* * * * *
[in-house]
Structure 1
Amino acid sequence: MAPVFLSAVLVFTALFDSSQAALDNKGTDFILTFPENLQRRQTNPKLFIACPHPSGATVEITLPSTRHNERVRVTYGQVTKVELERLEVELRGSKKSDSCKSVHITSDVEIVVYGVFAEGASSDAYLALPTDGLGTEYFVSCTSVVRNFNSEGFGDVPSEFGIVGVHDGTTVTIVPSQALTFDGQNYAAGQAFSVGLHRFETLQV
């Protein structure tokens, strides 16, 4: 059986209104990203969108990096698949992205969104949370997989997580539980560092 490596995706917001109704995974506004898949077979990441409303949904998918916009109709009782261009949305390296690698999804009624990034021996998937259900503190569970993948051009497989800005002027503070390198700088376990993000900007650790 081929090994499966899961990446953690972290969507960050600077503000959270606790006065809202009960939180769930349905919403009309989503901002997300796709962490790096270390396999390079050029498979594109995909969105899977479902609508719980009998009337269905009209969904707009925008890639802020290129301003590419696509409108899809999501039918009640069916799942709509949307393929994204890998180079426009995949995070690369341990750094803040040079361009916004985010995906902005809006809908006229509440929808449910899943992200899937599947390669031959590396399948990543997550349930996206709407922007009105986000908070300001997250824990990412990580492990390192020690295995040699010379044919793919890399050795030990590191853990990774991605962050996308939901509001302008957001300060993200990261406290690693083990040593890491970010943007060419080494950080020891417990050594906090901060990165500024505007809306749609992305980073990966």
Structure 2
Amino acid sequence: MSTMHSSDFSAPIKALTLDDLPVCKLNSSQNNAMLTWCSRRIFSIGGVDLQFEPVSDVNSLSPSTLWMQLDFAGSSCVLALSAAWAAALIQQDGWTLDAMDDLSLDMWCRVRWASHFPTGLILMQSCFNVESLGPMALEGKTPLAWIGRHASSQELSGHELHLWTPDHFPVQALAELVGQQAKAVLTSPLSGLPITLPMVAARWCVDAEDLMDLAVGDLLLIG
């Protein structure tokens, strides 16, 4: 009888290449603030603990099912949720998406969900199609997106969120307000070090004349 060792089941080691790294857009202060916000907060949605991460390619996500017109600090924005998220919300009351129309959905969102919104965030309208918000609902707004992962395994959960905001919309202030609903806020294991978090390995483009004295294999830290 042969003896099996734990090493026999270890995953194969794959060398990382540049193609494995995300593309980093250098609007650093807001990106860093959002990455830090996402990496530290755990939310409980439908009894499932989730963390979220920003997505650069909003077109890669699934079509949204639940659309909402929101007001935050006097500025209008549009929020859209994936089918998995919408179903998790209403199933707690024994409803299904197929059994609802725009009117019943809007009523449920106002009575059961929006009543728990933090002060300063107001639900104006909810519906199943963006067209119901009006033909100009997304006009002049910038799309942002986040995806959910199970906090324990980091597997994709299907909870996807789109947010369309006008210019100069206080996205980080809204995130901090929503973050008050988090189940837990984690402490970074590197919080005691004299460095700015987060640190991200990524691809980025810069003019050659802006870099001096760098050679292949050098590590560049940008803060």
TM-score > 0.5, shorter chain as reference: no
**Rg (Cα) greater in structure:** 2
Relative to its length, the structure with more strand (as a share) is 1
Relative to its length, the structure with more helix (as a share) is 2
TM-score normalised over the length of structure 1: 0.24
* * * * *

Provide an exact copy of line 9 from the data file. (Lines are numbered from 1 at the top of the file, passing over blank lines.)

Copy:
**Rg (Cα) greater in structure:** 2